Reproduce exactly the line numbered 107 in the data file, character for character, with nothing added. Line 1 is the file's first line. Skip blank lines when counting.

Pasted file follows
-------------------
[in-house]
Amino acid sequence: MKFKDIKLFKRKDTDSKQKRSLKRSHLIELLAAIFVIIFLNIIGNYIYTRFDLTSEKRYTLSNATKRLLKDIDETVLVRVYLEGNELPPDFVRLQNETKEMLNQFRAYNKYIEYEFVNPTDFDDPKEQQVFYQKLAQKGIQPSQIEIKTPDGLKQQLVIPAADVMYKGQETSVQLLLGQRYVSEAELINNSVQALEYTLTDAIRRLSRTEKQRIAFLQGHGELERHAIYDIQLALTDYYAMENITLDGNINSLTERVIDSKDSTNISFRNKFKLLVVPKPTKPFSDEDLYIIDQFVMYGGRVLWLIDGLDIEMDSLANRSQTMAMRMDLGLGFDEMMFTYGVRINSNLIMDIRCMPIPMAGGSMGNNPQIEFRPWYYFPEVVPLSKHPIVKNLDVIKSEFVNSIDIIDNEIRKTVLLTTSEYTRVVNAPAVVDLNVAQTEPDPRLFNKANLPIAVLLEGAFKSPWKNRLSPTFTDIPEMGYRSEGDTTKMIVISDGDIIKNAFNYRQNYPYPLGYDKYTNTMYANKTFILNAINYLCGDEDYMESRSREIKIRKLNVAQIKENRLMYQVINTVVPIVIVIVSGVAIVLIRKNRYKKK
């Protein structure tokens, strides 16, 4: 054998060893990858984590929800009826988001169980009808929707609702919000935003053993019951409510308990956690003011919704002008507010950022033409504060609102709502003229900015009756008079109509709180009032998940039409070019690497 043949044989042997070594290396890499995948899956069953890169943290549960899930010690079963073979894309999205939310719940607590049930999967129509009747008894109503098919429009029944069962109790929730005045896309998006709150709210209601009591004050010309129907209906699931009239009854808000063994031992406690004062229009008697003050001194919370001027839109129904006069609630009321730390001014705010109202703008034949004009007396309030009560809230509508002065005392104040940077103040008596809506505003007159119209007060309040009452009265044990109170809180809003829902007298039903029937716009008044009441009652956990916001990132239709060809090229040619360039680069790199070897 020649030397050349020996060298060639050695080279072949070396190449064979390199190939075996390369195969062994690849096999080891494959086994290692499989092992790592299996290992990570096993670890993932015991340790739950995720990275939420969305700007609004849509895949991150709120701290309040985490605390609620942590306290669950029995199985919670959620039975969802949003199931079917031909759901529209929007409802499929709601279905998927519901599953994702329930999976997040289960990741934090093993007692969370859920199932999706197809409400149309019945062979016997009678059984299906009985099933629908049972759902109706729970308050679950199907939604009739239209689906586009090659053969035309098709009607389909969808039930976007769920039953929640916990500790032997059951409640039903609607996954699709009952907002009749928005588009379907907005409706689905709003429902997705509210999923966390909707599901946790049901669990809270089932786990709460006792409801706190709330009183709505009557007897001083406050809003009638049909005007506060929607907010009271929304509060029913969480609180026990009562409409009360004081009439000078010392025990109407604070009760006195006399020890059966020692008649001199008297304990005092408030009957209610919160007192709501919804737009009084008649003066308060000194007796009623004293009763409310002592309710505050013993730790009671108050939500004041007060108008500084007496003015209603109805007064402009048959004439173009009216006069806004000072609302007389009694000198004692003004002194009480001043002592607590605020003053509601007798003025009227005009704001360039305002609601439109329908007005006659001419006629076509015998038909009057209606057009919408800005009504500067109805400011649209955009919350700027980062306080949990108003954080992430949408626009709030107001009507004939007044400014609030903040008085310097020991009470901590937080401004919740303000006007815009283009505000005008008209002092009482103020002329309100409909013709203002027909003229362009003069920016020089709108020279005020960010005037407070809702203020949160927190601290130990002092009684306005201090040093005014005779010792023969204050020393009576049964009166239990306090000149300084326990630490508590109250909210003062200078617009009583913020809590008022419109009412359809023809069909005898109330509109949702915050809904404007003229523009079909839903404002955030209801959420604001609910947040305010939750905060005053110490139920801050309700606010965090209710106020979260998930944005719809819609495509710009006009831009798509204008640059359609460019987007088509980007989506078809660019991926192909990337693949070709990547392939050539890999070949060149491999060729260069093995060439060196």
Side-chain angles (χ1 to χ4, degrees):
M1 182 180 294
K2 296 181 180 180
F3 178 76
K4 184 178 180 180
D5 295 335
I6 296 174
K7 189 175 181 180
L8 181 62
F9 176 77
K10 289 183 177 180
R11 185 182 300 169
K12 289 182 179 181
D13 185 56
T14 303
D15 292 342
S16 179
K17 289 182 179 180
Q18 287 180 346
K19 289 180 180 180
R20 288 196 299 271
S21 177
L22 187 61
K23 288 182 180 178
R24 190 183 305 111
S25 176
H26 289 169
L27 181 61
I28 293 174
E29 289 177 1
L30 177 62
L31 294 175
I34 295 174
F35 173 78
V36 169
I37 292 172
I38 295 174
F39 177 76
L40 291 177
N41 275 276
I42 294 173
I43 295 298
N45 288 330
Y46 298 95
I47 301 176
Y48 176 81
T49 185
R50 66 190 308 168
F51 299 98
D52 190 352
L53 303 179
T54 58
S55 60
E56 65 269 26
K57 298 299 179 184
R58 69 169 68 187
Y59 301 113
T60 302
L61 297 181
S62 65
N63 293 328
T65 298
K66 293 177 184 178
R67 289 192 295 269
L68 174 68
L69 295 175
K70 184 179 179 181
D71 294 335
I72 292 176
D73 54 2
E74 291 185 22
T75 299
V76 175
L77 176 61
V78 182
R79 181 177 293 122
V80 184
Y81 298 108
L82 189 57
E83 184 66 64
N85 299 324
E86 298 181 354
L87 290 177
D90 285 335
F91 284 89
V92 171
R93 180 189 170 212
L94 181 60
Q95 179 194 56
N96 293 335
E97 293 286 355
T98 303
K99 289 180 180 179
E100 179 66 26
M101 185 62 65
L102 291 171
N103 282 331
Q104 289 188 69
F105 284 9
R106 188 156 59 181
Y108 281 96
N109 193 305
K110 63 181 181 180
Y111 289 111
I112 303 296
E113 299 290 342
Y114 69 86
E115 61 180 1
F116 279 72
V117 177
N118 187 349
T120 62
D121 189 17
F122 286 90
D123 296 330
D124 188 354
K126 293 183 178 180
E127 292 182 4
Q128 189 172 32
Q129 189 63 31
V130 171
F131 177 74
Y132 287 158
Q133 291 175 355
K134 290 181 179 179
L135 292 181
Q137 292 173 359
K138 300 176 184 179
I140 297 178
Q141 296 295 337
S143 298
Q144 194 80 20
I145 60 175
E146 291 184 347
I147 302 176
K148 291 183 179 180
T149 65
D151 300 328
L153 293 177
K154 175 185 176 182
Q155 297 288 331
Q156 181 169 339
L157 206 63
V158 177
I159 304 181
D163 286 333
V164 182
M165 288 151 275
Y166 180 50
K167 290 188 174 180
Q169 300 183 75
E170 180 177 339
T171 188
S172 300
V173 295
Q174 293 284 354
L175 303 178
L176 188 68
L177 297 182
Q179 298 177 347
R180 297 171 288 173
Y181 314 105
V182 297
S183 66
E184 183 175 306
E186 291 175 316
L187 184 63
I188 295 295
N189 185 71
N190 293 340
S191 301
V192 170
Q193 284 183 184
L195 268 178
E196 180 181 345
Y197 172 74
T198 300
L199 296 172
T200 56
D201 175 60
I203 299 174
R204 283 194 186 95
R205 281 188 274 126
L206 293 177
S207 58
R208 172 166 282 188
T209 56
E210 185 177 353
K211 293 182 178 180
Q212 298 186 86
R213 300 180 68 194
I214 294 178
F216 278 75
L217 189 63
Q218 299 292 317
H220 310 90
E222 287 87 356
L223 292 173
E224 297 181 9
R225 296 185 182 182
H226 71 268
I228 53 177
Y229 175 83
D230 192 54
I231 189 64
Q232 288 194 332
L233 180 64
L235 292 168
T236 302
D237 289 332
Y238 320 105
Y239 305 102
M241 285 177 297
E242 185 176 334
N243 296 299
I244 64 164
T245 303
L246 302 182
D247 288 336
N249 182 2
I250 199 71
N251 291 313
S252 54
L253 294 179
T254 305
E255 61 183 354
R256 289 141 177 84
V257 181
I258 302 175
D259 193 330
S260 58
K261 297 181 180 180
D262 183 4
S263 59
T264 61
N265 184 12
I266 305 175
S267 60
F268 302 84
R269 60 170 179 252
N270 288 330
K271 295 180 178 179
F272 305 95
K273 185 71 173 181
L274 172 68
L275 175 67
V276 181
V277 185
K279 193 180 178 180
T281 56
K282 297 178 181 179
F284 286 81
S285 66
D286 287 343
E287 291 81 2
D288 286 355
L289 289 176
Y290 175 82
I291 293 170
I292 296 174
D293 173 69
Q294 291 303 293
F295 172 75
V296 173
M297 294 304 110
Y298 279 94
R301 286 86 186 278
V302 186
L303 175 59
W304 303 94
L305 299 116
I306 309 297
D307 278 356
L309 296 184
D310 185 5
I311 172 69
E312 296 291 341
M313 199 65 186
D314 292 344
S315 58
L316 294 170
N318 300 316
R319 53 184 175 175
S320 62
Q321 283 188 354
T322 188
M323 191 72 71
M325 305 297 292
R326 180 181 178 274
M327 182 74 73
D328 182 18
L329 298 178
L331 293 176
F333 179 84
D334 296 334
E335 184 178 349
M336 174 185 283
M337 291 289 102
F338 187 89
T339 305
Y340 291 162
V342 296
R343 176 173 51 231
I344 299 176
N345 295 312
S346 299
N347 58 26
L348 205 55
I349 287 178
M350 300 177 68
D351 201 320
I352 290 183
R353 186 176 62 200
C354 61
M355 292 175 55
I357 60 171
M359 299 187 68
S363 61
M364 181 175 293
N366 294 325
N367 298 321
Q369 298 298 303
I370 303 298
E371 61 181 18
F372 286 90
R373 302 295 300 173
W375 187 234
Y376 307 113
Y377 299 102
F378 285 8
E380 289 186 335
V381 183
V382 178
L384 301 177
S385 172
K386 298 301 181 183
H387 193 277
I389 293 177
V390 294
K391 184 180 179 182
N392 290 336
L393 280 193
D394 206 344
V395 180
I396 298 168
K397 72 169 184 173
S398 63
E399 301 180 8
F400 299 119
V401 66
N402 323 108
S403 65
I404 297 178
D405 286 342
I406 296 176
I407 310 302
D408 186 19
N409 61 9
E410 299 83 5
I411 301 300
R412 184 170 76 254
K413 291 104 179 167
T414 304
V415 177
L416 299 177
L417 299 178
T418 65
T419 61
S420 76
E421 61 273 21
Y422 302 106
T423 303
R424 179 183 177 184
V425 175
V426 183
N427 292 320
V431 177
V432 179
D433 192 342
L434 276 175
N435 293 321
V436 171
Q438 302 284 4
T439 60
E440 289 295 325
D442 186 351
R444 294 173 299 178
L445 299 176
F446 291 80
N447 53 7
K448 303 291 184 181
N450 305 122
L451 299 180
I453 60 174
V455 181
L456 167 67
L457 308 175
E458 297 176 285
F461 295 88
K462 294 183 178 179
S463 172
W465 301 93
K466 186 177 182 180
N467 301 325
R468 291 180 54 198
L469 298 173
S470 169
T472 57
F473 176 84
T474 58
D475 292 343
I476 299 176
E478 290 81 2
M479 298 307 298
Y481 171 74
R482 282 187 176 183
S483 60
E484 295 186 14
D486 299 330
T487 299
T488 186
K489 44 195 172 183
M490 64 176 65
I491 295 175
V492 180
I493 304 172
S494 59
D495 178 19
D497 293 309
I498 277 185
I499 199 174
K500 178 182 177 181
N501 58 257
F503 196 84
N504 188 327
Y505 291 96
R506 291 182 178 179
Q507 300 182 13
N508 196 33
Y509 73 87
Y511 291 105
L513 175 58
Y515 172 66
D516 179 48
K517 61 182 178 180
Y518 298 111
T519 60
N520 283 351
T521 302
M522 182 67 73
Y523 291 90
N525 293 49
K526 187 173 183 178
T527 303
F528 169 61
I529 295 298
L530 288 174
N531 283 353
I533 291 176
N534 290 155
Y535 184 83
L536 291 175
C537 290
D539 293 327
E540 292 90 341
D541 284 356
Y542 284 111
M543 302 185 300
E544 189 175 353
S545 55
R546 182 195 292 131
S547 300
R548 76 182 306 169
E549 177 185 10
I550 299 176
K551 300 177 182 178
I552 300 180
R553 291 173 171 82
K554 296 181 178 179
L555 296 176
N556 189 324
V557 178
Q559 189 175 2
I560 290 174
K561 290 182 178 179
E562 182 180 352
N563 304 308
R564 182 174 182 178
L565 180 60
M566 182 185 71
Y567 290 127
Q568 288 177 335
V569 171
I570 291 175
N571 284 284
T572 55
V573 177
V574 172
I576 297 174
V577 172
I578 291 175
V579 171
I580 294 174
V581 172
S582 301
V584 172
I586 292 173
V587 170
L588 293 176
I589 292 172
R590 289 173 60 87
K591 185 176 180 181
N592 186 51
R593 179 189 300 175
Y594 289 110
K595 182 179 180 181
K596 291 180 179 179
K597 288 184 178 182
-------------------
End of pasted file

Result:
Y111 289 111